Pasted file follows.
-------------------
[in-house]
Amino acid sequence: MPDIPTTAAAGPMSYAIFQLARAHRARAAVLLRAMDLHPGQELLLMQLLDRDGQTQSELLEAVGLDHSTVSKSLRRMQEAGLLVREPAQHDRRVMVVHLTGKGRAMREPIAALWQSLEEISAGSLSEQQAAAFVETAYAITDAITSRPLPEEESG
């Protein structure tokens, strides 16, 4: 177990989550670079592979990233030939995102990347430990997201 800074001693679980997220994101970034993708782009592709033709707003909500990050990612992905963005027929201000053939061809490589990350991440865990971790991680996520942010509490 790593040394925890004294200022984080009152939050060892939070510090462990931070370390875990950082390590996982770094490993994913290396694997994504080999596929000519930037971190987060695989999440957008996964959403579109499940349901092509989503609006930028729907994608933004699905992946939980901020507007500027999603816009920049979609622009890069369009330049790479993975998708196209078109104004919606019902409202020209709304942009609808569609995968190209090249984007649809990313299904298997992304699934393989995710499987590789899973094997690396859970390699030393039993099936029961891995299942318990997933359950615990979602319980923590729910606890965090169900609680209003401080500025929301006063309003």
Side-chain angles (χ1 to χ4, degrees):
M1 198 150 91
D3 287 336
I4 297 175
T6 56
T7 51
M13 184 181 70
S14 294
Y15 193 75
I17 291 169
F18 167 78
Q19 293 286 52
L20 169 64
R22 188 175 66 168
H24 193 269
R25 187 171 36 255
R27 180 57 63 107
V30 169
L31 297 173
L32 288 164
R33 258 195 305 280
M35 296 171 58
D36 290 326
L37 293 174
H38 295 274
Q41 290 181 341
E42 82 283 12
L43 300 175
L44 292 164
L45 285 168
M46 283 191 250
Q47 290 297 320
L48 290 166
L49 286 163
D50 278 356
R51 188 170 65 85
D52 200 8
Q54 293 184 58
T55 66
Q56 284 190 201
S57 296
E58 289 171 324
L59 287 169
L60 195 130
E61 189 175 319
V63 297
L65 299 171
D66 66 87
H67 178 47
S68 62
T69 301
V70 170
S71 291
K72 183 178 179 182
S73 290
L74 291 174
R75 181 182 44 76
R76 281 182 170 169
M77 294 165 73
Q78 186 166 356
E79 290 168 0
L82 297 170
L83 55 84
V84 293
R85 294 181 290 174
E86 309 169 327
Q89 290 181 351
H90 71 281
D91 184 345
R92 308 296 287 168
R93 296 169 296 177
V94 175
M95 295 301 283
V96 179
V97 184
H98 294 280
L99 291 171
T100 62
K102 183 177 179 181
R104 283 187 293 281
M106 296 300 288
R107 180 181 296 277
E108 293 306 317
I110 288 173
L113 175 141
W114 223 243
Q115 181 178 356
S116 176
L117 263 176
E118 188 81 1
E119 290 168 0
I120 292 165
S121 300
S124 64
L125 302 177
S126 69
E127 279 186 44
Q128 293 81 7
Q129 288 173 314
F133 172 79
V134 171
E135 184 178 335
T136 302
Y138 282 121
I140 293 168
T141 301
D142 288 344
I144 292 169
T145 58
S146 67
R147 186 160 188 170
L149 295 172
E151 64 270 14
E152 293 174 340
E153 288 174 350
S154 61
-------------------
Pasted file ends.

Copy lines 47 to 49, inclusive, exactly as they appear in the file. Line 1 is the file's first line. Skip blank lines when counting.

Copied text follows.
L60 195 130
E61 189 175 319
V63 297